Facebook icon
Twitter icon
e-mail icon

Sri Lanka’s police chief warns of ‘Black July’ bomb attacks

File photograph.

Sri Lanka’s Ministry of Defence has officially denied reports that it received intelligence a “terrorist attack… evoking ‘Black July’” will take place, after receiving a letter from the Inspector General of Police warning of such an attack.

In a press release this morning, the defence ministry admitted that a letter sent by the Inspector General of Police to the Defence Secretary had been circulating on social media, which warned an attack may take place. The purported attack by “terrorist groups and anti-government groups may also incite violence to discredit and destabilize the government,” it added.

However, the defence ministry said the letter was based on “unconfirmed information received through intelligence sources” and said it remained “unverified”.

“As maintaining public security and safety is of high priority all measures will be taken to ensure a high degree of security while investigations will be carried into the received intelligence.”

Black July is the name given to the anti-Tamil pogrom of 1983, when thousands of Tamils were killed by Sinhala mobs backed by the then UNP government and state forces. To date, no one has been held accountable for any of the crimes committed during the pogrom.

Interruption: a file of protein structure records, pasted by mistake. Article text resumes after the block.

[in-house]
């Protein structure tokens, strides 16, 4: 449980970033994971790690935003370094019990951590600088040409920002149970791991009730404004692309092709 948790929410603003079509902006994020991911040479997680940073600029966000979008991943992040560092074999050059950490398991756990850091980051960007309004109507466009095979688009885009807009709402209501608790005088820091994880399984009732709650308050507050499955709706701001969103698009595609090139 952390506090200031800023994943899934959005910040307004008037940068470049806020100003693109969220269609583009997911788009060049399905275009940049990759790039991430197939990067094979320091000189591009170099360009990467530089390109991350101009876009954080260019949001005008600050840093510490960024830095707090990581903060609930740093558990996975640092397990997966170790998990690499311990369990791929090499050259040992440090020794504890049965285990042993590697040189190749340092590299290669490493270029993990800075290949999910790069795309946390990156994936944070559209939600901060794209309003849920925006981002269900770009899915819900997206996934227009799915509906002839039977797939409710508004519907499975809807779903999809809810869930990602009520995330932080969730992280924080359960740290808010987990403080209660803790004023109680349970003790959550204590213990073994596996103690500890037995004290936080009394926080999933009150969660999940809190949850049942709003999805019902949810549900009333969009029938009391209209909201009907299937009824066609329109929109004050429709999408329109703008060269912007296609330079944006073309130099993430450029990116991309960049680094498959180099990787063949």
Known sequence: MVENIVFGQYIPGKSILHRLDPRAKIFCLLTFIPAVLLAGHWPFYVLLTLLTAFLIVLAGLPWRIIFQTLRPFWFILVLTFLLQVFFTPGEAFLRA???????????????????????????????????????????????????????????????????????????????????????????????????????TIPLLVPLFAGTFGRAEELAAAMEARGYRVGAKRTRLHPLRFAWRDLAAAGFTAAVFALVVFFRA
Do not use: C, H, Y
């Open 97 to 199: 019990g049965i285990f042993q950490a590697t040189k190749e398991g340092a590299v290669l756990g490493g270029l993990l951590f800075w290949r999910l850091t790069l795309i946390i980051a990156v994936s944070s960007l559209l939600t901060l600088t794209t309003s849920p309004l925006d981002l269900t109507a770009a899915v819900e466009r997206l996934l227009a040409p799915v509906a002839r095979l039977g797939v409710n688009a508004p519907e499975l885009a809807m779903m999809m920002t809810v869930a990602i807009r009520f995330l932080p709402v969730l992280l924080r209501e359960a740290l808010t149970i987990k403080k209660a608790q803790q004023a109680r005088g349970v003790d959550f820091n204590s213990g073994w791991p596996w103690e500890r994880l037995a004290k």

The anniversary of the massacre is marked annually by Tamils around the world, with many remembrance events still subjected to a crackdown by Sri Lankan security forces. The military continues to maintain a massive occupying presence across the Tamil homeland, routinely harassing former members of the Liberation Tigers of Tamil Eelam (LTTE). The spectre of LTTE activity has routinely been used by the Sri Lankan state to justify its occupation of the North-East.

Writing in August 2020, J S Tissainayagam noted “the government of President Gotabaya Rajapaksa has made at least three separate moves in the past month to use the LTTE’s regrouping narrative to coerce Tamils in northern Sri Lanka and galvanise support among the Sinhalese in the South”.

“Usually, the story of an LTTE revival dies as soon as its purpose is fulfilled,” he added. “However, there are inevitable casualties.”

We need your support

Sri Lanka is one of the most dangerous places in the world to be a journalist. Tamil journalists are particularly at threat, with at least 41 media workers known to have been killed by the Sri Lankan state or its paramilitaries during and after the armed conflict.

Despite the risks, our team on the ground remain committed to providing detailed and accurate reporting of developments in the Tamil homeland, across the island and around the world, as well as providing expert analysis and insight from the Tamil point of view

We need your support in keeping our journalism going. Support our work today.

For more ways to donate visit https://donate.tamilguardian.com.